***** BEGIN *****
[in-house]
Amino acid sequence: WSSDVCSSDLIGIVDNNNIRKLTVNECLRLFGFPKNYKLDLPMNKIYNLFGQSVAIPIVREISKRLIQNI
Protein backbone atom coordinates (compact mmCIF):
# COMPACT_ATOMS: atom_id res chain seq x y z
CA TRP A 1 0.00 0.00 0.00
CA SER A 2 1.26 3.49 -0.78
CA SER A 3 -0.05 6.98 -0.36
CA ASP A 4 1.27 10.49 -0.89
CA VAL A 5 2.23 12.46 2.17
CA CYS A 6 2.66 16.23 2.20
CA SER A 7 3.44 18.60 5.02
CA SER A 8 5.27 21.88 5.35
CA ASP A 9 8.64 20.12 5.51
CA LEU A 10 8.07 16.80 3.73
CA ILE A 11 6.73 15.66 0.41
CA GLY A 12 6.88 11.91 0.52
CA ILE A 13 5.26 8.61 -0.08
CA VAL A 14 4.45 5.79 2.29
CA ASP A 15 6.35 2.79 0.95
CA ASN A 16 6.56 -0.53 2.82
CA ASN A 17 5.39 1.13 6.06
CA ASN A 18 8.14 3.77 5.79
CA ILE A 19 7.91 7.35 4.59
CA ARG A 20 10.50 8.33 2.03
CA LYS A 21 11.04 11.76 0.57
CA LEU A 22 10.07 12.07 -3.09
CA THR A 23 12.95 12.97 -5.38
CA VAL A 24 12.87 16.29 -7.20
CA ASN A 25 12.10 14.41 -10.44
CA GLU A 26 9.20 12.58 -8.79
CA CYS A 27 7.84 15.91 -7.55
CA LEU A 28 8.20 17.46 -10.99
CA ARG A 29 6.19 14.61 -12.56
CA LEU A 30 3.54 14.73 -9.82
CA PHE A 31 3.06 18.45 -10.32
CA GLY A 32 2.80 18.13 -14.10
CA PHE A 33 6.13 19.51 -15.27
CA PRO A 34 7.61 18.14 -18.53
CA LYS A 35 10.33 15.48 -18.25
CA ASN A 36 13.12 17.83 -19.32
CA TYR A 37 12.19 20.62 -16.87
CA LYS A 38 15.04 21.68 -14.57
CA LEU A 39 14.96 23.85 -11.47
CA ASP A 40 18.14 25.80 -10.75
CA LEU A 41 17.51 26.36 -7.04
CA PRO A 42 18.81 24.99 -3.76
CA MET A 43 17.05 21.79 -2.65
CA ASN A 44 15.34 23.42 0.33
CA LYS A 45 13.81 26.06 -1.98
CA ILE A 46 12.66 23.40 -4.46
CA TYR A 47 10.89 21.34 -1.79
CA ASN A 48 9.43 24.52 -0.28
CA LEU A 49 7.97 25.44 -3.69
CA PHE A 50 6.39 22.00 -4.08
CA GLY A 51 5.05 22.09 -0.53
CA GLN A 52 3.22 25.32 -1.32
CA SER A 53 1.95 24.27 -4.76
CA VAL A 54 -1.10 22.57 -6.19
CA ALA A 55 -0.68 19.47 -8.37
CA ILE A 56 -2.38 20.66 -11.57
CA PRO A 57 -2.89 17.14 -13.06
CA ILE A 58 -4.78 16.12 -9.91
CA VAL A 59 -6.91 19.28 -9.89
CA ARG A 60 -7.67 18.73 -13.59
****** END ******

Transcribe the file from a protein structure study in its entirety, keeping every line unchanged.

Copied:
[in-house]
Amino acid sequence: WSSDVCSSDLIGIVDNNNIRKLTVNECLRLFGFPKNYKLDLPMNKIYNLFGQSVAIPIVREISKRLIQNI
Protein backbone atom coordinates (compact mmCIF):
# COMPACT_ATOMS: atom_id res chain seq x y z
CA TRP A 1 0.00 0.00 0.00
CA SER A 2 1.26 3.49 -0.78
CA SER A 3 -0.05 6.98 -0.36
CA ASP A 4 1.27 10.49 -0.89
CA VAL A 5 2.23 12.46 2.17
CA CYS A 6 2.66 16.23 2.20
CA SER A 7 3.44 18.60 5.02
CA SER A 8 5.27 21.88 5.35
CA ASP A 9 8.64 20.12 5.51
CA LEU A 10 8.07 16.80 3.73
CA ILE A 11 6.73 15.66 0.41
CA GLY A 12 6.88 11.91 0.52
CA ILE A 13 5.26 8.61 -0.08
CA VAL A 14 4.45 5.79 2.29
CA ASP A 15 6.35 2.79 0.95
CA ASN A 16 6.56 -0.53 2.82
CA ASN A 17 5.39 1.13 6.06
CA ASN A 18 8.14 3.77 5.79
CA ILE A 19 7.91 7.35 4.59
CA ARG A 20 10.50 8.33 2.03
CA LYS A 21 11.04 11.76 0.57
CA LEU A 22 10.07 12.07 -3.09
CA THR A 23 12.95 12.97 -5.38
CA VAL A 24 12.87 16.29 -7.20
CA ASN A 25 12.10 14.41 -10.44
CA GLU A 26 9.20 12.58 -8.79
CA CYS A 27 7.84 15.91 -7.55
CA LEU A 28 8.20 17.46 -10.99
CA ARG A 29 6.19 14.61 -12.56
CA LEU A 30 3.54 14.73 -9.82
CA PHE A 31 3.06 18.45 -10.32
CA GLY A 32 2.80 18.13 -14.10
CA PHE A 33 6.13 19.51 -15.27
CA PRO A 34 7.61 18.14 -18.53
CA LYS A 35 10.33 15.48 -18.25
CA ASN A 36 13.12 17.83 -19.32
CA TYR A 37 12.19 20.62 -16.87
CA LYS A 38 15.04 21.68 -14.57
CA LEU A 39 14.96 23.85 -11.47
CA ASP A 40 18.14 25.80 -10.75
CA LEU A 41 17.51 26.36 -7.04
CA PRO A 42 18.81 24.99 -3.76
CA MET A 43 17.05 21.79 -2.65
CA ASN A 44 15.34 23.42 0.33
CA LYS A 45 13.81 26.06 -1.98
CA ILE A 46 12.66 23.40 -4.46
CA TYR A 47 10.89 21.34 -1.79
CA ASN A 48 9.43 24.52 -0.28
CA LEU A 49 7.97 25.44 -3.69
CA PHE A 50 6.39 22.00 -4.08
CA GLY A 51 5.05 22.09 -0.53
CA GLN A 52 3.22 25.32 -1.32
CA SER A 53 1.95 24.27 -4.76
CA VAL A 54 -1.10 22.57 -6.19
CA ALA A 55 -0.68 19.47 -8.37
CA ILE A 56 -2.38 20.66 -11.57
CA PRO A 57 -2.89 17.14 -13.06
CA ILE A 58 -4.78 16.12 -9.91
CA VAL A 59 -6.91 19.28 -9.89
CA ARG A 60 -7.67 18.73 -13.59